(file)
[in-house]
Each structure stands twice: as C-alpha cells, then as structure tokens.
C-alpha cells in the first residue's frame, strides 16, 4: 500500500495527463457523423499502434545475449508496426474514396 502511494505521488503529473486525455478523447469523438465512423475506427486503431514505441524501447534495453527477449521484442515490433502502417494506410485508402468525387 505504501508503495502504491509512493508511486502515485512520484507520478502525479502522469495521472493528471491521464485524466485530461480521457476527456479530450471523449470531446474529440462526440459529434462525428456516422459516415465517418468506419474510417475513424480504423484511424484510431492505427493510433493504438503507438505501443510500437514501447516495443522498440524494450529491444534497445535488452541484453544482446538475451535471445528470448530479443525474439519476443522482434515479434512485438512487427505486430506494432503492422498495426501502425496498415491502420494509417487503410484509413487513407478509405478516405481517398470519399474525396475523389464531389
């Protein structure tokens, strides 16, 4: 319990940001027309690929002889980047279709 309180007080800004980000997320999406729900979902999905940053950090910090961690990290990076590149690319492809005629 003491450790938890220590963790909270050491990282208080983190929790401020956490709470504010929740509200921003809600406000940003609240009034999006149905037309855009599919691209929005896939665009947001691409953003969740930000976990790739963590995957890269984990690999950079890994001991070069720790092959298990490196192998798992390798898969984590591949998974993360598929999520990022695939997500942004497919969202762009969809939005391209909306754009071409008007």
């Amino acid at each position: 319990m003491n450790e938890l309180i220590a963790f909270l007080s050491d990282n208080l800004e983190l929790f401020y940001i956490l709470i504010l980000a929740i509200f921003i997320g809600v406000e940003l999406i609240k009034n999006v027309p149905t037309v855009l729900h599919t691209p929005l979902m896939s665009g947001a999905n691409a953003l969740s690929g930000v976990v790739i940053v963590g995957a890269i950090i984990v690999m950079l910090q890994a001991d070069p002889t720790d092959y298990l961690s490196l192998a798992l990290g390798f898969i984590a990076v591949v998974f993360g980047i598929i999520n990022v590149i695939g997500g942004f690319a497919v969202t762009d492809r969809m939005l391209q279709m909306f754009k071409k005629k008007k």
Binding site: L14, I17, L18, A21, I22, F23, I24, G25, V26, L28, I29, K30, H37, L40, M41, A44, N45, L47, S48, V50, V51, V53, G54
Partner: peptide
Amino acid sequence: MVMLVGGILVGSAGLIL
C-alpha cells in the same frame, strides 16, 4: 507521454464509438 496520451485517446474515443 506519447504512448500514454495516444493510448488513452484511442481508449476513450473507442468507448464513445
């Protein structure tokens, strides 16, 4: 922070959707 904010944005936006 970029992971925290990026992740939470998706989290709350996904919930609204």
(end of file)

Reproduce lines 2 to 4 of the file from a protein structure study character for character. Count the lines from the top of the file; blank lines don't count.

Each structure stands twice: as C-alpha cells, then as structure tokens.
C-alpha cells in the first residue's frame, strides 16, 4: 500500500495527463457523423499502434545475449508496426474514396 502511494505521488503529473486525455478523447469523438465512423475506427486503431514505441524501447534495453527477449521484442515490433502502417494506410485508402468525387 505504501508503495502504491509512493508511486502515485512520484507520478502525479502522469495521472493528471491521464485524466485530461480521457476527456479530450471523449470531446474529440462526440459529434462525428456516422459516415465517418468506419474510417475513424480504423484511424484510431492505427493510433493504438503507438505501443510500437514501447516495443522498440524494450529491444534497445535488452541484453544482446538475451535471445528470448530479443525474439519476443522482434515479434512485438512487427505486430506494432503492422498495426501502425496498415491502420494509417487503410484509413487513407478509405478516405481517398470519399474525396475523389464531389
């Protein structure tokens, strides 16, 4: 319990940001027309690929002889980047279709 309180007080800004980000997320999406729900979902999905940053950090910090961690990290990076590149690319492809005629 003491450790938890220590963790909270050491990282208080983190929790401020956490709470504010929740509200921003809600406000940003609240009034999006149905037309855009599919691209929005896939665009947001691409953003969740930000976990790739963590995957890269984990690999950079890994001991070069720790092959298990490196192998798992390798898969984590591949998974993360598929999520990022695939997500942004497919969202762009969809939005391209909306754009071409008007």